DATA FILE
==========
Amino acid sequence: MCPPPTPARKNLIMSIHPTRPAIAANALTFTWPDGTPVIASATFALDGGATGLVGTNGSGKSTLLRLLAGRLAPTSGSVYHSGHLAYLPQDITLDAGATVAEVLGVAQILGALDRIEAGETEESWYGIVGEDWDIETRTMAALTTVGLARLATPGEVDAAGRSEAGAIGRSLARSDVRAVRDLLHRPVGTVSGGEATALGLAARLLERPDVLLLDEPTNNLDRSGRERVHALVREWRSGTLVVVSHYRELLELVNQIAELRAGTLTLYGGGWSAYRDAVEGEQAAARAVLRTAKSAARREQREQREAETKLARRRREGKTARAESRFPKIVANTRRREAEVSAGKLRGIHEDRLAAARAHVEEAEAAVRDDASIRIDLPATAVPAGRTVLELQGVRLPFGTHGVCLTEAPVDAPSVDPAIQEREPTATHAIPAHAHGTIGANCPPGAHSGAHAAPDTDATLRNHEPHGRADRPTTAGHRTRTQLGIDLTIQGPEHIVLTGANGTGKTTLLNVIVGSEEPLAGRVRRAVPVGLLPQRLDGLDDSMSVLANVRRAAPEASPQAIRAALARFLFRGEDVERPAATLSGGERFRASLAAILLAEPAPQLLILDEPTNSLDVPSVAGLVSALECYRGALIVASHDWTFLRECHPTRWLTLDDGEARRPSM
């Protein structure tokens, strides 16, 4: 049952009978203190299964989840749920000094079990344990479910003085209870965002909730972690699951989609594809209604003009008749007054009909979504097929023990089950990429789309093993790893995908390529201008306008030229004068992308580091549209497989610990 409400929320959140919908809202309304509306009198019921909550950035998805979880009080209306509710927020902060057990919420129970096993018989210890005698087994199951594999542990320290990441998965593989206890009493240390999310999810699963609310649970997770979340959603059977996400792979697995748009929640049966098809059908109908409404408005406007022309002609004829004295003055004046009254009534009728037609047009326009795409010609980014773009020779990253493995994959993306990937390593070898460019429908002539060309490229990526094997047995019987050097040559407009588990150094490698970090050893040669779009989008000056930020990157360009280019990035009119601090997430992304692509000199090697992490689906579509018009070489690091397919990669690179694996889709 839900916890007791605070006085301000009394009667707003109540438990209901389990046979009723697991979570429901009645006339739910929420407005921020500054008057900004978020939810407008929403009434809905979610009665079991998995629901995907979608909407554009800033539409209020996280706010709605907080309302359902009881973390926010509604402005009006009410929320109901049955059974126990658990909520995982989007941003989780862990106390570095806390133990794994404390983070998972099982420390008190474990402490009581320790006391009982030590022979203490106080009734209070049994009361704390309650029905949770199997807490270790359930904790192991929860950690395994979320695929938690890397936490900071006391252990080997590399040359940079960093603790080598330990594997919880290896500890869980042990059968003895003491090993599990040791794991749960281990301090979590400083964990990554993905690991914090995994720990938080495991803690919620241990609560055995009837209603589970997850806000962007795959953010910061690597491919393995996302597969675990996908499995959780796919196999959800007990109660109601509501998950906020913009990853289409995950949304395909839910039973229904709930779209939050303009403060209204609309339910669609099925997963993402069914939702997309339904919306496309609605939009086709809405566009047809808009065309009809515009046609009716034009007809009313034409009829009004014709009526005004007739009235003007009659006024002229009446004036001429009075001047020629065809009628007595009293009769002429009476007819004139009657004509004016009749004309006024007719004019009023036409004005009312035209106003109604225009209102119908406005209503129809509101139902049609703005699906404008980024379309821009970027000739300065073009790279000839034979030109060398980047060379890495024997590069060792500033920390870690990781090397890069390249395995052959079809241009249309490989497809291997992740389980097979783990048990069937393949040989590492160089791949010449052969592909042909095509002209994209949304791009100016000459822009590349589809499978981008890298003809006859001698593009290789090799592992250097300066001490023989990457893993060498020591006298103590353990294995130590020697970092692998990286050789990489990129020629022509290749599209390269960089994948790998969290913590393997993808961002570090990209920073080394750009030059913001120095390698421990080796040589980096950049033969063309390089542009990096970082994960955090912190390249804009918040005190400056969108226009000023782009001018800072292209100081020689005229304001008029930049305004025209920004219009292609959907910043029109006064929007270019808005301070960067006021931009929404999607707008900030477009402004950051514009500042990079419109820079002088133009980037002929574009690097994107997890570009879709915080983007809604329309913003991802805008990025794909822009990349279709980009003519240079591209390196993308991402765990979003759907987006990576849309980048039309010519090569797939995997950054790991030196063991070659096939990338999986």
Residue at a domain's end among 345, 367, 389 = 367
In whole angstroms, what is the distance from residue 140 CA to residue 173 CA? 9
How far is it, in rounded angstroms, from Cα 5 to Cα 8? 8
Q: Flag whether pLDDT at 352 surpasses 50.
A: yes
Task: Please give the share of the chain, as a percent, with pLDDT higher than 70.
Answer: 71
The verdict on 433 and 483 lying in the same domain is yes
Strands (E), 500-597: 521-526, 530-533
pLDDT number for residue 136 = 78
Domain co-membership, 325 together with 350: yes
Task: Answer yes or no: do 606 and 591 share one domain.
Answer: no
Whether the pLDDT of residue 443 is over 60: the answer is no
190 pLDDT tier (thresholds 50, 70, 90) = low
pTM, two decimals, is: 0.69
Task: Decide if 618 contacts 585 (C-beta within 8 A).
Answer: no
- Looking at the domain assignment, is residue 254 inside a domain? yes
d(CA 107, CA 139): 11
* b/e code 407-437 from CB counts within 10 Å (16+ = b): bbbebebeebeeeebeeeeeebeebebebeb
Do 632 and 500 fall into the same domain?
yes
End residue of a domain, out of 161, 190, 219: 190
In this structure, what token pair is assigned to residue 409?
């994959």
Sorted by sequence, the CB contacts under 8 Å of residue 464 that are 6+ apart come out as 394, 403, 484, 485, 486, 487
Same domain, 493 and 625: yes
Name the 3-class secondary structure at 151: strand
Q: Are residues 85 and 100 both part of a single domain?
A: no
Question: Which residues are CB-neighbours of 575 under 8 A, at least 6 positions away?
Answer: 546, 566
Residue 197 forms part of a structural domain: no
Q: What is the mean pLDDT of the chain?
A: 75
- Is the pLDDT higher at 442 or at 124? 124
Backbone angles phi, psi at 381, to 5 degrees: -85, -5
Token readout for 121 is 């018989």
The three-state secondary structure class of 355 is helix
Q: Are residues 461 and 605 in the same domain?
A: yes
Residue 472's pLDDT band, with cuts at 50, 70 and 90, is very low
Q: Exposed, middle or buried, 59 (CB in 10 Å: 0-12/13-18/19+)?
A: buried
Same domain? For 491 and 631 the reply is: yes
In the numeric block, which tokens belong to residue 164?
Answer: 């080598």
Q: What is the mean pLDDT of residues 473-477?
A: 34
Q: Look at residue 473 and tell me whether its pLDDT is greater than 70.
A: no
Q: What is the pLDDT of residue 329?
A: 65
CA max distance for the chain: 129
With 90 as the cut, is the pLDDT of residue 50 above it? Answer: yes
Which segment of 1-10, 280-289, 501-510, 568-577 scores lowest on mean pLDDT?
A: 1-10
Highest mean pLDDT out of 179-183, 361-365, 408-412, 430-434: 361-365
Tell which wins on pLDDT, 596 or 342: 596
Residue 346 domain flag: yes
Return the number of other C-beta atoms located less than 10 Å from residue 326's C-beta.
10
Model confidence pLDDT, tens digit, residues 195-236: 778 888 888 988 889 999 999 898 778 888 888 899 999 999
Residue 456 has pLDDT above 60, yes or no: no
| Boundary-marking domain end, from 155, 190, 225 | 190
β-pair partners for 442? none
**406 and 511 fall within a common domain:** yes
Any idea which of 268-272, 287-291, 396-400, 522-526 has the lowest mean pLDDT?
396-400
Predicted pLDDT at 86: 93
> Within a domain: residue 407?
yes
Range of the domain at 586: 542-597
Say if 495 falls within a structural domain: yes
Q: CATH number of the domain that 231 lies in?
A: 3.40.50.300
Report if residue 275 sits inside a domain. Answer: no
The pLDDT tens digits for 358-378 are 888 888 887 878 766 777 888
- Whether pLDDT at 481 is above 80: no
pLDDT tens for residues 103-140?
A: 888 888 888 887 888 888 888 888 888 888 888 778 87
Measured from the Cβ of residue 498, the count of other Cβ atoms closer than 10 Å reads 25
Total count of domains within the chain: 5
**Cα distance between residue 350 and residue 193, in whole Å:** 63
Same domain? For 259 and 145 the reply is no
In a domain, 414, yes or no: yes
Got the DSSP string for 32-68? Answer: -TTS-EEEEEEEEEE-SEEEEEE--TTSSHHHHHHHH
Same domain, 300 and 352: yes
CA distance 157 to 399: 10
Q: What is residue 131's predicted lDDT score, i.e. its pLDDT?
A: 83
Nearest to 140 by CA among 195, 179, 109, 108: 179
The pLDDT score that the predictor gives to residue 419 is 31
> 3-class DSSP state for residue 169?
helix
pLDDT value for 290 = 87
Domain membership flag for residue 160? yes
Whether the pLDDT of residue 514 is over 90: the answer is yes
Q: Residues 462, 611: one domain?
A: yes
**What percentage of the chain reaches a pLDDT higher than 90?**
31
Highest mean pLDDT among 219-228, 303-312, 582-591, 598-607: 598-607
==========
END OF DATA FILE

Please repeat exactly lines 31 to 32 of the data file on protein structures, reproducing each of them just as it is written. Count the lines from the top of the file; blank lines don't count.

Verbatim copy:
Name the 3-class secondary structure at 151: strand
Q: Are residues 85 and 100 both part of a single domain?